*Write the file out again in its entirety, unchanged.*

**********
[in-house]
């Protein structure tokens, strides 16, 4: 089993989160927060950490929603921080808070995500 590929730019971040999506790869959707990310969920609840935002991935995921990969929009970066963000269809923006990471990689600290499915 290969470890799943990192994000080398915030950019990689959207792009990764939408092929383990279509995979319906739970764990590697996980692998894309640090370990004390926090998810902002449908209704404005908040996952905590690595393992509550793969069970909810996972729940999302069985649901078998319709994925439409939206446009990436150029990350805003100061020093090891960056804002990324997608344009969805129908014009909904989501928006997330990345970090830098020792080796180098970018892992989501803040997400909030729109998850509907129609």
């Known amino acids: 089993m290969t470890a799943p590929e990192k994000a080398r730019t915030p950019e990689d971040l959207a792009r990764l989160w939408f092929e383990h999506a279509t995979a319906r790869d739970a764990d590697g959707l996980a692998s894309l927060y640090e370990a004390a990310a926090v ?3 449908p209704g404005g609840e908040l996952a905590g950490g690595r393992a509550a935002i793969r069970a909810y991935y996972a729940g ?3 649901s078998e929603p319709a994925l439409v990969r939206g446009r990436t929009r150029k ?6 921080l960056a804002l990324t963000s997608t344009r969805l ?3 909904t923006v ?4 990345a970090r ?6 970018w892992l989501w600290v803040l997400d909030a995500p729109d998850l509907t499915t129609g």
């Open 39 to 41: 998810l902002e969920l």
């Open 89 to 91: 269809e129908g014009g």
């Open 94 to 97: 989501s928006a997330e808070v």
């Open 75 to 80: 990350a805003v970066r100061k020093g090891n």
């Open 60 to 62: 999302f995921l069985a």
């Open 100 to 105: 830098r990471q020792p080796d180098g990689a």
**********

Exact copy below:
[in-house]
């Protein structure tokens, strides 16, 4: 089993989160927060950490929603921080808070995500 590929730019971040999506790869959707990310969920609840935002991935995921990969929009970066963000269809923006990471990689600290499915 290969470890799943990192994000080398915030950019990689959207792009990764939408092929383990279509995979319906739970764990590697996980692998894309640090370990004390926090998810902002449908209704404005908040996952905590690595393992509550793969069970909810996972729940999302069985649901078998319709994925439409939206446009990436150029990350805003100061020093090891960056804002990324997608344009969805129908014009909904989501928006997330990345970090830098020792080796180098970018892992989501803040997400909030729109998850509907129609």
């Known amino acids: 089993m290969t470890a799943p590929e990192k994000a080398r730019t915030p950019e990689d971040l959207a792009r990764l989160w939408f092929e383990h999506a279509t995979a319906r790869d739970a764990d590697g959707l996980a692998s894309l927060y640090e370990a004390a990310a926090v ?3 449908p209704g404005g609840e908040l996952a905590g950490g690595r393992a509550a935002i793969r069970a909810y991935y996972a729940g ?3 649901s078998e929603p319709a994925l439409v990969r939206g446009r990436t929009r150029k ?6 921080l960056a804002l990324t963000s997608t344009r969805l ?3 909904t923006v ?4 990345a970090r ?6 970018w892992l989501w600290v803040l997400d909030a995500p729109d998850l509907t499915t129609g």
């Open 39 to 41: 998810l902002e969920l």
């Open 89 to 91: 269809e129908g014009g």
């Open 94 to 97: 989501s928006a997330e808070v």
């Open 75 to 80: 990350a805003v970066r100061k020093g090891n």
């Open 60 to 62: 999302f995921l069985a």
């Open 100 to 105: 830098r990471q020792p080796d180098g990689a």